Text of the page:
NHL 22 gameplay trailer shows off PS5/Xbox Series X graphics

NHL 22 will mark the franchise’s launching on PlayStation 5 and Xbox Series X, and you can see this year’s visual upgrade in action in its very first gameplay trailer, launched Thursday by publisher Electronic Arts.

A number of the visual enhancements in NHL 22 will come thanks to designer EA Vancouver’s switch to EA’s Frostbite engine, the exact same innovation that powers EA video games from Madden and FIFA to Battleground and Star Wars. Throughout of the previous console generation, EA Sports Ignite was the engine for the publisher’s sports video games.

The prolonged trailer concentrates on aspects like vibrant lighting for arenas (consisting of lens flares), 3D ice spray results, and an ice surface area with practical depth and reflectivity. While those aspects will be special to the current-gen variation of NHL 22, the video game will likewise get lots of visual upgrades on PlayStation 4 and Xbox One. For example, EA Vancouver has stated that it “completely rebuilt” lots of gamer designs, and enhanced aspects like eye and skin shading.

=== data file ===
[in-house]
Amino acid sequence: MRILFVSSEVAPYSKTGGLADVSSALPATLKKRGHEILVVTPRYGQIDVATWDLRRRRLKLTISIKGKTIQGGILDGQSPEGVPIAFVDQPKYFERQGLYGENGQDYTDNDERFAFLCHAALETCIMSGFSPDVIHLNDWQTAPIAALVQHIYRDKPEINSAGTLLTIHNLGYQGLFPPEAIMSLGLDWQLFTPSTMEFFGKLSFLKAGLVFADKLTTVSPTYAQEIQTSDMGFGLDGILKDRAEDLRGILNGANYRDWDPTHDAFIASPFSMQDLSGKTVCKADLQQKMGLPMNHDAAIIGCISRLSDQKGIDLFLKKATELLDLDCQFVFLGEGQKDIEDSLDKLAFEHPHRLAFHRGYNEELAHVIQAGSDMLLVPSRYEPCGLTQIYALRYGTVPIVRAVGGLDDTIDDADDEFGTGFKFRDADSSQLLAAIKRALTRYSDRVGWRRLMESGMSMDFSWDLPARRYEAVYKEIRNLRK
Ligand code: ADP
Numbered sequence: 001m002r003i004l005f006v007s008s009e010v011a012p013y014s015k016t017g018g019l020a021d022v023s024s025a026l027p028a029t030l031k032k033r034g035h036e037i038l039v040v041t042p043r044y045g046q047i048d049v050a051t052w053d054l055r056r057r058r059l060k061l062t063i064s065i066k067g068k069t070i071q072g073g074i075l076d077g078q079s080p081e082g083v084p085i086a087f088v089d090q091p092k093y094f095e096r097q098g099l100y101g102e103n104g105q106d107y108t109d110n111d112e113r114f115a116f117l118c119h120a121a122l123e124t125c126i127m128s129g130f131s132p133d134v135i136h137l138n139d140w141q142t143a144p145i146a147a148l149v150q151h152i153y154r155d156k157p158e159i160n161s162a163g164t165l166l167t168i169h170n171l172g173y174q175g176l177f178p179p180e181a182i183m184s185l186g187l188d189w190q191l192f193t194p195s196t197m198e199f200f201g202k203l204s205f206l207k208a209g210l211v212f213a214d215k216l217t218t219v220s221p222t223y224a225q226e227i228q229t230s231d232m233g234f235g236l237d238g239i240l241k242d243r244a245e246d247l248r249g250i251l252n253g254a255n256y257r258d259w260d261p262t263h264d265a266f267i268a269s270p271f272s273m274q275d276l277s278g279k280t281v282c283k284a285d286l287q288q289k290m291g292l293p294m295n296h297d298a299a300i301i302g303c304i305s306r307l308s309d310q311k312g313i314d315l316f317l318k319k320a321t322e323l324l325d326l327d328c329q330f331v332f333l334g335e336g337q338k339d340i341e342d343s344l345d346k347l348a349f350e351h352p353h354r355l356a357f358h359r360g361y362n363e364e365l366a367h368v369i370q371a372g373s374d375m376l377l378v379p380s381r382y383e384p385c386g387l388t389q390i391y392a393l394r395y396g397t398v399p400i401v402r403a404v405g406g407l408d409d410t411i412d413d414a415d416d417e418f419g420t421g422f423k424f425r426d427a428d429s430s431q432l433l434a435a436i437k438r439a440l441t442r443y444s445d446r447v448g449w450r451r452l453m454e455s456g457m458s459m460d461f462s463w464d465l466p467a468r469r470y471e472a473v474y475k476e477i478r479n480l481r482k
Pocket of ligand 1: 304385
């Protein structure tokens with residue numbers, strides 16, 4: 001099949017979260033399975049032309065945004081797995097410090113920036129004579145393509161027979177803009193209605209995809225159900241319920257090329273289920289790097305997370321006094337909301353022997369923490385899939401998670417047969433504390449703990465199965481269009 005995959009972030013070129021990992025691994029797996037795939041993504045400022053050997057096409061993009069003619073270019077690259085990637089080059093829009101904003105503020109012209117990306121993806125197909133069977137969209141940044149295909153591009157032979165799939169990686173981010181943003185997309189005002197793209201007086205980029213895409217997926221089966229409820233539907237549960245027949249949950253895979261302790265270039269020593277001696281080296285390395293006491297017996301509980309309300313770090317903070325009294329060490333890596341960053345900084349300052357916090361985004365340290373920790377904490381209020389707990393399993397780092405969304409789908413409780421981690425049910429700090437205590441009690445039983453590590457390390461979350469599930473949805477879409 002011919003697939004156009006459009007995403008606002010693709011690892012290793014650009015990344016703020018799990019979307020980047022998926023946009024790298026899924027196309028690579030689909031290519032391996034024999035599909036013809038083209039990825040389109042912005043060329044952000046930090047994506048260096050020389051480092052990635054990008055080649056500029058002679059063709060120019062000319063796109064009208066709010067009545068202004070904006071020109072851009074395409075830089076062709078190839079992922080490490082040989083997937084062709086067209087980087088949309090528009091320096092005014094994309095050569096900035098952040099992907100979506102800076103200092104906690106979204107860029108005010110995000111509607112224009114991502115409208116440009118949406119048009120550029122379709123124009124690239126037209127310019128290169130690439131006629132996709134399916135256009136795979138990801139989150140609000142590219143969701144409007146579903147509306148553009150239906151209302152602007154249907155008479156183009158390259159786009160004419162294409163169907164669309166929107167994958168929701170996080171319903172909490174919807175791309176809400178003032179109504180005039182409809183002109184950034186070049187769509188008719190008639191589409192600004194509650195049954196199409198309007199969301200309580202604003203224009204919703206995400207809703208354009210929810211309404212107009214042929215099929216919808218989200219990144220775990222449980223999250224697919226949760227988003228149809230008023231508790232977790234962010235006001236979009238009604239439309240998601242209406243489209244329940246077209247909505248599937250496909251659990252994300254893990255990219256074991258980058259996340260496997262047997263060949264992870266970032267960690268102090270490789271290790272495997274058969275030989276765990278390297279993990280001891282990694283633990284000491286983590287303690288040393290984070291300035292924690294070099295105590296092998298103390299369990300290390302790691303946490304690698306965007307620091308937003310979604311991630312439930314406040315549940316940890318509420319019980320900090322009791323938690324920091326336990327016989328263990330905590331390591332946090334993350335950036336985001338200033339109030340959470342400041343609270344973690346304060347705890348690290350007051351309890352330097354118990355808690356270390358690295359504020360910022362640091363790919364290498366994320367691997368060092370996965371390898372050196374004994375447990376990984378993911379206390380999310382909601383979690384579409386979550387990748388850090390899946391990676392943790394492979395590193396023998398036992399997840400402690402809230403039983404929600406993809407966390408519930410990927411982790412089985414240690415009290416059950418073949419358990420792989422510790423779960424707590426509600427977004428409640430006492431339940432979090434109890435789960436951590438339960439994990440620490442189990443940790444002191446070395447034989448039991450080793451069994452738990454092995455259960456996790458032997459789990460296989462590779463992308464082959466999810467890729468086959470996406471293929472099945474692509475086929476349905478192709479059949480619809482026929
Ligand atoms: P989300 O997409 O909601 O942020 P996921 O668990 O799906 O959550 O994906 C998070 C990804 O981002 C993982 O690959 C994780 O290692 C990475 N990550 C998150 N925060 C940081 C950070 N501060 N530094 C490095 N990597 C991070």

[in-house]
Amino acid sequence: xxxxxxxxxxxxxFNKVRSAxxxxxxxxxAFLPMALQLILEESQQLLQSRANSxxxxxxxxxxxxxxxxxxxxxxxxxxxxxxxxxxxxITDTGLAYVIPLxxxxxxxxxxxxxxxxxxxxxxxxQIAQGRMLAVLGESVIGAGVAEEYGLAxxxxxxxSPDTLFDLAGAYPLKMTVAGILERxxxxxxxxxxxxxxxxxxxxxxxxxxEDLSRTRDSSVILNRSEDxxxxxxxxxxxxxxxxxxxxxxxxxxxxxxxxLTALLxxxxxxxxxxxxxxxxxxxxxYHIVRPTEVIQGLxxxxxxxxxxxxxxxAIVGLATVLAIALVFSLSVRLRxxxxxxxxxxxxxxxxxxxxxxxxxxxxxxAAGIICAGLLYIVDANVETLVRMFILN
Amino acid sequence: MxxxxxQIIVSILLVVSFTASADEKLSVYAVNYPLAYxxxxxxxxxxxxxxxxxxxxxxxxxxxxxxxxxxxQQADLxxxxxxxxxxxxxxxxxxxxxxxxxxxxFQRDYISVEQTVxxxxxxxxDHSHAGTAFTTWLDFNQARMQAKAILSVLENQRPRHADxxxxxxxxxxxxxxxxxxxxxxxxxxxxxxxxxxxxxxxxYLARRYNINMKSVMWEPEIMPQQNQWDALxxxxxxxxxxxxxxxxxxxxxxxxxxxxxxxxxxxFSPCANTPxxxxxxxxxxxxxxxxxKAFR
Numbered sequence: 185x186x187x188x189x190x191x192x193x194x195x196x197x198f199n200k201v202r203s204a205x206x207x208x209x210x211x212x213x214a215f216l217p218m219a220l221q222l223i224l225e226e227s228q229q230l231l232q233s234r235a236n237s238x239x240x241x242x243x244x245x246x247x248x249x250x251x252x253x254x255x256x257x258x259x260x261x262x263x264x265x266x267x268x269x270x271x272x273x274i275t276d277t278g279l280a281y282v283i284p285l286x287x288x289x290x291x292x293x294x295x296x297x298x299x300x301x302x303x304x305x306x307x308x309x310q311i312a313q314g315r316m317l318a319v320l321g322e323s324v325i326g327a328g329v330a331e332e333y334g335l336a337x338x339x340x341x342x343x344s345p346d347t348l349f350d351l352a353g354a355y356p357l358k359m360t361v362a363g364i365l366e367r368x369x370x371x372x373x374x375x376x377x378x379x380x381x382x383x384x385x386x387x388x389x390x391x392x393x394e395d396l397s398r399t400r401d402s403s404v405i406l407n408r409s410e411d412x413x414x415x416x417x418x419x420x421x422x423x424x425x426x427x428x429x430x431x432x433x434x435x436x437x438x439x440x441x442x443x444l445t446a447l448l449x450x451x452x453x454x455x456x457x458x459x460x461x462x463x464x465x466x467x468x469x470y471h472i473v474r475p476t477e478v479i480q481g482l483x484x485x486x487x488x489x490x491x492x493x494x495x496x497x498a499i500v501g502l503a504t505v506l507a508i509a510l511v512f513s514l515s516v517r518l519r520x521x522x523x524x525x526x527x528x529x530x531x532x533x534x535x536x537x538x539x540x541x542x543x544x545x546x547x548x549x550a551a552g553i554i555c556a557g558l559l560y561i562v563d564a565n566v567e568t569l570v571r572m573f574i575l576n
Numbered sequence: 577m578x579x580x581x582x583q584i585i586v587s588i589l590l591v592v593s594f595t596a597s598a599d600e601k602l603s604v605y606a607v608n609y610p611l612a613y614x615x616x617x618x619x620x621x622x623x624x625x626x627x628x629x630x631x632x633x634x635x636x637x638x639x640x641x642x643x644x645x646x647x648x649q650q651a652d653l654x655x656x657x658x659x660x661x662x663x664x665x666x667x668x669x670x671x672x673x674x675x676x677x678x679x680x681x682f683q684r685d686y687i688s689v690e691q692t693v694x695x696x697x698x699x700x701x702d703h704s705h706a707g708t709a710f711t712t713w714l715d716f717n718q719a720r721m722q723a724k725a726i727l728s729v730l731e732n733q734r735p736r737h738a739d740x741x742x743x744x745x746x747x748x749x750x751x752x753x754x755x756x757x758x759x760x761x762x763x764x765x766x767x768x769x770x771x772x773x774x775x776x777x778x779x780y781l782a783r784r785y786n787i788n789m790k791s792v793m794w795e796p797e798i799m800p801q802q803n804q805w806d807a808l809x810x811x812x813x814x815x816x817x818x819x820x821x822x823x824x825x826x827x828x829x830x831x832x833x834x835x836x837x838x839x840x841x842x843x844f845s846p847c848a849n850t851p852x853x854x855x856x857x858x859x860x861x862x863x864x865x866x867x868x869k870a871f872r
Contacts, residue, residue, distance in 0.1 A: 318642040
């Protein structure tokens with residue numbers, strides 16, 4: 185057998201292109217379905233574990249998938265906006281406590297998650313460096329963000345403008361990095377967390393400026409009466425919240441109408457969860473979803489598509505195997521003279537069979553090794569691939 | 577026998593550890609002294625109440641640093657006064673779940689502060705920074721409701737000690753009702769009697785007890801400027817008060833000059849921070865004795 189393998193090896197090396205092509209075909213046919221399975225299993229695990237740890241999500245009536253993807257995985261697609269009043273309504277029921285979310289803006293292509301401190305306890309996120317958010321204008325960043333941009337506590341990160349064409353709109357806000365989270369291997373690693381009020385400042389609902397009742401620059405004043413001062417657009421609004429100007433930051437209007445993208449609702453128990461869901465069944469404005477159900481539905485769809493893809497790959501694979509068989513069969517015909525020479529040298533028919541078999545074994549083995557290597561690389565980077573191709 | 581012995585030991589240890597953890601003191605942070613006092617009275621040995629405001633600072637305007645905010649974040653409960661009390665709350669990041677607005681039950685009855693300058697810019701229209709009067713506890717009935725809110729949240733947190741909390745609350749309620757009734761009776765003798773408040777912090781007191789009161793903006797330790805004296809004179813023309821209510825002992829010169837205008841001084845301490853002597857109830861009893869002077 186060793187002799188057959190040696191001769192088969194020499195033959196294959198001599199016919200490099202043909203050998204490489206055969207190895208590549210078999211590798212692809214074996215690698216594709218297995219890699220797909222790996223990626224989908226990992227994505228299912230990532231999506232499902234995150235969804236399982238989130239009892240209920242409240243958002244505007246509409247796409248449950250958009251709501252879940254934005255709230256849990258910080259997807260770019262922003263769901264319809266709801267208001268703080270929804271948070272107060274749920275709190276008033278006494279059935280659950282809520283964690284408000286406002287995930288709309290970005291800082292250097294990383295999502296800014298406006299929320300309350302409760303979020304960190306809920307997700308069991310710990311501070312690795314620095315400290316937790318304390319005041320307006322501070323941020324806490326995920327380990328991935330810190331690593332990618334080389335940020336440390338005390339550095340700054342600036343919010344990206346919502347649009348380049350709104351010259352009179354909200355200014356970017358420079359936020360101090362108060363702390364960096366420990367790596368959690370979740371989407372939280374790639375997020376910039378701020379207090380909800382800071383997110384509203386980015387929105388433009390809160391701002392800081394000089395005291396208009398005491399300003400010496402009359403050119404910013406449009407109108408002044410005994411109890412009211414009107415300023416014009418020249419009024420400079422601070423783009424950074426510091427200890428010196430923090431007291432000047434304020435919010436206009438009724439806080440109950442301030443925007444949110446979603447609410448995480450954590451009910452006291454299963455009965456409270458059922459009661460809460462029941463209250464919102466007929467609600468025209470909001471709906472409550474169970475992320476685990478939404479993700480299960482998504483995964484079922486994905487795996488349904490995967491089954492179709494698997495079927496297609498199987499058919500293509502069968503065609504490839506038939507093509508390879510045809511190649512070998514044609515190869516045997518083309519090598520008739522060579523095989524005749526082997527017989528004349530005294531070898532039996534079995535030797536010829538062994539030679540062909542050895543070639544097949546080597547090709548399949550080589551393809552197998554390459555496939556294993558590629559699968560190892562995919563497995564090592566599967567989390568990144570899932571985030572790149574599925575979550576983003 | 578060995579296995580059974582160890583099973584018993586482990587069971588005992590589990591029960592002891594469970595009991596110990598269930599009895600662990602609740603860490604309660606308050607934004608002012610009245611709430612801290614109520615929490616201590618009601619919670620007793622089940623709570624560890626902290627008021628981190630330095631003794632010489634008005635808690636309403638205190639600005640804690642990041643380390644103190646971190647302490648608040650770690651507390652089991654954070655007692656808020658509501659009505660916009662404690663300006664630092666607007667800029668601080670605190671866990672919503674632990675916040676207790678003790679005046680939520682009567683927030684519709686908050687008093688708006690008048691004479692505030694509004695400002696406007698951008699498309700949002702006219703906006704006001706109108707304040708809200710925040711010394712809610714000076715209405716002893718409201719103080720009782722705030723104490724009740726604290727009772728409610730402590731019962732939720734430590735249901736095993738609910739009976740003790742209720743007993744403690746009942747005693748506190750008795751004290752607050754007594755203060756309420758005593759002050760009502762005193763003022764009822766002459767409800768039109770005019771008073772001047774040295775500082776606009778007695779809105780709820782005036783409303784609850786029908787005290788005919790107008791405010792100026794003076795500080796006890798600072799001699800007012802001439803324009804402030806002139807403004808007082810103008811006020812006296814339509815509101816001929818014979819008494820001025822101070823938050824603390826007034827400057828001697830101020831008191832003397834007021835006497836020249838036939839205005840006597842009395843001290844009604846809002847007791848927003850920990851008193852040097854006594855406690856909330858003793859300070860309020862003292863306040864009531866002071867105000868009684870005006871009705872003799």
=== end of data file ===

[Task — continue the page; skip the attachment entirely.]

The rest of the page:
“All the visual upgrades […] that just wasn’t possible with Ignite,” stated Clement Kwong, lead producer on NHL 22, in an interview with Polygon earlier this month. “We pushed Ignite to the limit of what it was capable of.”

Augmented reality is another major piece of NHL 22’s new look, with graphical overlays that convey relevant information to the gamer in an extremely noticeable method. And on the gameplay front, EA Vancouver has actually made upgrades to the series’ physics engine that attend to more practical stick physics.

The other primary focus of Thursday’s gameplay trailer is Super star X-Factor capabilities, which will offer the NHL’s finest gamers a brand-new method to separate themselves in the video game. Take a look at our sneak peek of NHL 22 for a lot more information on these effective capabilities.

NHL 22 is set for release Oct. 15 on PS5, PS4, Xbox Series X, and Xbox One.

Jobber Wiki author Frank Long contributed to this report.